Certified Experts For Tree And Shrub Pruning
Pruning is much more than the simple act of sawing off limbs. Proper tree pruning is an art based on scientific principles of plant physiology. At its most basic level, shrub pruning involves removing damaged, dead or structurally weak limbs, which will improve a tree’s health and reduce a tree’s chances of personal or property damage caused by falling limbs.
Professional arborists have the capability to make the tree safer and more attractive by pruning live growth as well. Proper pruning encourages growth, improves plant health, repairs damage and helps add aesthetic appeal to a tree. Pruning in the right way is critical since it is possible to kill a tree through neglect or over-pruning.
Tree pruning is definitely one of those services best left to the professionals. From the viewpoint of both personal safety and plant health and structure, tree pruning should only ever be done by competent and experienced professionals. Tree pruning can be dangerous to those without the proper training and equipment.
Pruning Standards: ANSI A300
Regardless of the type of pruning being conducted, there are particular standards followed by tree care professionals involved in pruning operations. These standards have been developed by the American National Standards Institute and are referred to as “ANSI A300”. Some of the more important guidelines for basic pruning operations under ANSI A300 include:
- Do not leave stubs
- Limit or eliminate heading cuts
- Do not make flush cuts
- Do not “top” or “lion tail” a tree
- Do not prune more than 25% of total live growth in a single year unless circumstances warrant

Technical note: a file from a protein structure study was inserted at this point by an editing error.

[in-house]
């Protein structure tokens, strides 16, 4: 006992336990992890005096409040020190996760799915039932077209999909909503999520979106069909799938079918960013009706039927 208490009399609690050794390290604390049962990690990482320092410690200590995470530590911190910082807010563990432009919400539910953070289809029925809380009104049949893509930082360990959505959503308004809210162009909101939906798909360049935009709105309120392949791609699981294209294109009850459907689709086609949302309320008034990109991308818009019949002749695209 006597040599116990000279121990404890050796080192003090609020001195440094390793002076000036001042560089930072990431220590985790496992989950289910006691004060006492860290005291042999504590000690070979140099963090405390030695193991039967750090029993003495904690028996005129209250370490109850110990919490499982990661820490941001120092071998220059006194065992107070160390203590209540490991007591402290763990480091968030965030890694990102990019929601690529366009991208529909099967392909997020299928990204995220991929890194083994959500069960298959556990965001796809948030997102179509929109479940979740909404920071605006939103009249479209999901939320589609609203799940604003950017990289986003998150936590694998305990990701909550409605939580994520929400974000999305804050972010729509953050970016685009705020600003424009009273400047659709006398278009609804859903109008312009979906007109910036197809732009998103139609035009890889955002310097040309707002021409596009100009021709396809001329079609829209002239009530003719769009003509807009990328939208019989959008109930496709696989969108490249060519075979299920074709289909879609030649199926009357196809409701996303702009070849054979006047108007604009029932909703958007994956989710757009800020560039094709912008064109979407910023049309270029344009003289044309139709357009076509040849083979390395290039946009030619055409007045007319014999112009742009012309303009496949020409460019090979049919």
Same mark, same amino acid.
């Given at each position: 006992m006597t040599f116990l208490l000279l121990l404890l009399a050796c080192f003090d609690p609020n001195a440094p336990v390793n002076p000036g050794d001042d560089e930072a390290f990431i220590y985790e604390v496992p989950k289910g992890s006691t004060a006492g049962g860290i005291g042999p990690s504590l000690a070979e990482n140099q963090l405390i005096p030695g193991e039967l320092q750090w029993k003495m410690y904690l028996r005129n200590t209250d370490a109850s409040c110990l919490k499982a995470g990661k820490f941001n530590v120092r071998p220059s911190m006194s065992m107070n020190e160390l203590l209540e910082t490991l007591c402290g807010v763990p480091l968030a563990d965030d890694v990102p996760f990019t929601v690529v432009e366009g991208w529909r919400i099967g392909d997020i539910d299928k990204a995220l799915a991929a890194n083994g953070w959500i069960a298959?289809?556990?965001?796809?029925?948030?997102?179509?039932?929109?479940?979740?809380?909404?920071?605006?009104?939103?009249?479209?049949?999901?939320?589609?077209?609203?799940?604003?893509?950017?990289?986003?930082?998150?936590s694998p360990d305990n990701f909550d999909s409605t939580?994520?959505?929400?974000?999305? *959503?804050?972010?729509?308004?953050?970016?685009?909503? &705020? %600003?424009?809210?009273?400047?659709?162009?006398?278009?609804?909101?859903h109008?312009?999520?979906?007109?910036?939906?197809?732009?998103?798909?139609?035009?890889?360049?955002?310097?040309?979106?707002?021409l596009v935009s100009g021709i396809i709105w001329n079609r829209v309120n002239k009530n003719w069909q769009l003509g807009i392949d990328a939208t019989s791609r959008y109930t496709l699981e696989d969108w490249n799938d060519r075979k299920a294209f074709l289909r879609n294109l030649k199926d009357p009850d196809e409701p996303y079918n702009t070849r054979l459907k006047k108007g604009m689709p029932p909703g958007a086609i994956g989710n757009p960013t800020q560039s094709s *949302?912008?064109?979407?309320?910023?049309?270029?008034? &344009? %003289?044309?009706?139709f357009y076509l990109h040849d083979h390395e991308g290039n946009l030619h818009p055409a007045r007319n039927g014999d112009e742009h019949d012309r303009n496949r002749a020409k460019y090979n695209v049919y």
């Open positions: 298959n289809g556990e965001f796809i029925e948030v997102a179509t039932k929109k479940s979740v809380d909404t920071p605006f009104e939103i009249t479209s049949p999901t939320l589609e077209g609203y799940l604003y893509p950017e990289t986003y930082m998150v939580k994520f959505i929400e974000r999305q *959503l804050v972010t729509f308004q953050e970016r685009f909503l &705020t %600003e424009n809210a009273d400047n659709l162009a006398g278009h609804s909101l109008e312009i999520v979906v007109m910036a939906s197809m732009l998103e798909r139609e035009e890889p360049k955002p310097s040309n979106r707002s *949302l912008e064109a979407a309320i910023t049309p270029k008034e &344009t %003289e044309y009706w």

- Do not damage other parts of the tree during pruning operations
- Do not use wound paint
- Do not prune without good reason
Types Of Prunings
Pruning a tree may sound like a standard operation, but in fact there are many different types of pruning services. Take a moment to review the types of pruning services that are available so that your query to us can be more accurate:
- “Crown cleaning” – Pruning for health and safety by removing dead, diseased and broken branches.
- “Crown thinning” – Pruning to reduce density of live branches, typically to allow more sunlight, better air circulation, or reduced weight stress.
- “Crown raising” – Removal of lower branches to provide vertical clearance over a yard, house or other structure.
- “Crown reduction” – Pruning to decrease height and/or spread. This type of pruning is generally restricted to trees with a structural flaw, such as a split or cavity.
- “Crown restoration” – Pruning to improve the structure, form, and appearance of trees that have been severely headed, vandalized or damaged.
- “Vista pruning” – Pruning to allow a specific view.
- Pruning for other specific needs, such as to clear from utility lines, driveways or other nearby trees.
When To Prune
There are several prevalent myths and beliefs concerning the proper time trees should be pruned. For instance, it is a myth that trees, especially maples and birch, should not be pruned in the spring because they bleed. Similarly, there is a commonly held belief that trees cannot be pruned in the winter.
The truth is that pruning done according to proper arboricultural guidelines can be accomplished at any time of the year. Trees pruned in the spring may bleed, but that has absolutely no effect on the tree. Winter is a great time to prune trees because trees are dormant over the winter, so pruning wounds will only be exposed until new growth begins in spring. Also in winter, tree structure is more visible, making it easier to see and attend to potential problems.